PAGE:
Thursday, October 18, 2012

A Mom's Perspective: Children's Friendships

Picture from the weekend of my brother and Chris.  We outfitted my brother in Notre Dame garb so he could attend last weekend's football game in style.  


Can’t live with them, can’t live without them.  

Or something like that.

The concept of friends has weighed heavily on my mind ever since becoming a mom.  The thing is, I want my boys to have friends, lots of them, good ones.  But finding those friends is a process and one littered with speed bumps and heartache along the way.

As much as I’d like the boys’ friendships to evolve naturally and effortlessly, it has become apparent over the years that the matriarch of the family is really one of the most instrumental forces in a child's quest to find and sustain friends. 

At an early age, it is up to the mom to play friend “matchmaker.”  She is the one scouring the playground and the preschool roster in search of the perfect playmate for little Johnny or Susie.  She wants to find a companion with enough spunk to keep things interesting but not too much spirit to have a preschool version of Bonnie and Clyde on her hands.  Once the perfect fit is selected, the mom is the one arranging and supervising regular play dates and scoring birthday party invites.

In my opinion, those years are the easier years when it comes to friends.

By the time kids enter primary school, it becomes more difficult for the mom to play friend matchmaker.  She relies more on the child's judgement to secure friends (good ones).  If a child reports sitting by himself in the school cafeteria or swinging alone during recess, she begins to fret.  Is said child incapable of making friends, she worries?  Is he or she feeling rejected and alone?  What's wrong with these other kids that they don't see the specialness and beauty in this child?

Just when said mom has reached the top of her worry barometer, a son or daughter mentions a classmate's name and how they swapped sandwiches at lunch or played house during recess.  Things look up.  Said mom rushes to the school directory and dials up the classmate's mom.  A play date is arranged.  But then worry bubbles back into the chest of the mother.  Did the child pick a good friend?  A friend that will push the child to church and not a tattoo parlor?  A friend that will teach said child kindness and not four-letter words.  A child that’s dependable, loyal, thoughtful, and kind.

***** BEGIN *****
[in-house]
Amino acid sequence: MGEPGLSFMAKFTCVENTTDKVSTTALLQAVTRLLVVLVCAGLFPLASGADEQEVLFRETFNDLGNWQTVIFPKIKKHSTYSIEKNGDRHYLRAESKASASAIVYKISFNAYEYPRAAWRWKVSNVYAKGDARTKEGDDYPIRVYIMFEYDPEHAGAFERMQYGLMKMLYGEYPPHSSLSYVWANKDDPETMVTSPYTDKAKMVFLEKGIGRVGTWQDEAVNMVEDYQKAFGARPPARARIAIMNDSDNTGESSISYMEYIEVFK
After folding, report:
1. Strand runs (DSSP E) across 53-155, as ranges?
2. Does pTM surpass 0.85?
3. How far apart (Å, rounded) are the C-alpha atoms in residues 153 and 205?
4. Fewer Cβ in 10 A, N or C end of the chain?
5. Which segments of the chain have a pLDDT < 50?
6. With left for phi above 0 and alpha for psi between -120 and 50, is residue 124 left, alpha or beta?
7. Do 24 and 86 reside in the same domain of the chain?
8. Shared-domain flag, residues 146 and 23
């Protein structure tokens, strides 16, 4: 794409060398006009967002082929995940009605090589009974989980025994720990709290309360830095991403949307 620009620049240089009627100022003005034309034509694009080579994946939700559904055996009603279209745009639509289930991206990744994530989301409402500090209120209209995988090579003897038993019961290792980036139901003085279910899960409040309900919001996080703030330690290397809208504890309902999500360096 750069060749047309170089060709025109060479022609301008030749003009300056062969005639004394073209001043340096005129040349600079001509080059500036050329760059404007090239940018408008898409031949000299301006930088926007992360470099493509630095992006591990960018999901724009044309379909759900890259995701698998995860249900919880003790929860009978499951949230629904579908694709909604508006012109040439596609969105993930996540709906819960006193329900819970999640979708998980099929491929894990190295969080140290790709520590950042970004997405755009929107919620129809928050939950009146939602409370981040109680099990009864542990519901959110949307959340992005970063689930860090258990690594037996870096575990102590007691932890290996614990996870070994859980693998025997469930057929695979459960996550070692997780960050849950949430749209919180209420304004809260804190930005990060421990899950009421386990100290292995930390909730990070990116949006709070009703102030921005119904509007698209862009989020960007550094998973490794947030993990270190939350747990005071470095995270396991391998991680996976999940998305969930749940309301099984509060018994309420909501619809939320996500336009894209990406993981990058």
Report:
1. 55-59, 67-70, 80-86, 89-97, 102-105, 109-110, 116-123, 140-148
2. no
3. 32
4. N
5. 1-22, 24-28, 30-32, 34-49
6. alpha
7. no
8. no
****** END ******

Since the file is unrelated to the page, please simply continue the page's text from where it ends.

Then the mom thinks about her own child.  Is he or she a dependable, loyal, thoughtful, kind playmate?  Did she teach him or her well by example and instruction?

After the first play date is arranged and several more follow, a friendship is started.  But the friendship has seasons.  Times when the two kids are compatible, moments were conflict is apparent.  The mom rides the waves of this friendship and coaches said child along the way (sometimes holding back tears when things seem painful).

As much effort as it takes to cultivate children's friendships, one might wonder why a mother exerts so much effort.  The thing is, the mother knows how important friendships are to a child because she knows how important friendships are to her.  Sometimes friendships can be hard, but they are one of the most rewarding and dear aspects of life.  If a child slides into the right one, a friendship offers a child companionship, acceptance, and encouragement.

Because friendships are so important, I've learned to be the mom that falls on her knees and prays like crazy for my children's friendships.  I pray that the right friends will land in my children's lives and that my children will be the right friends to others.  Then, I pray for the strength to endure (and enjoy) watching the process unfold.

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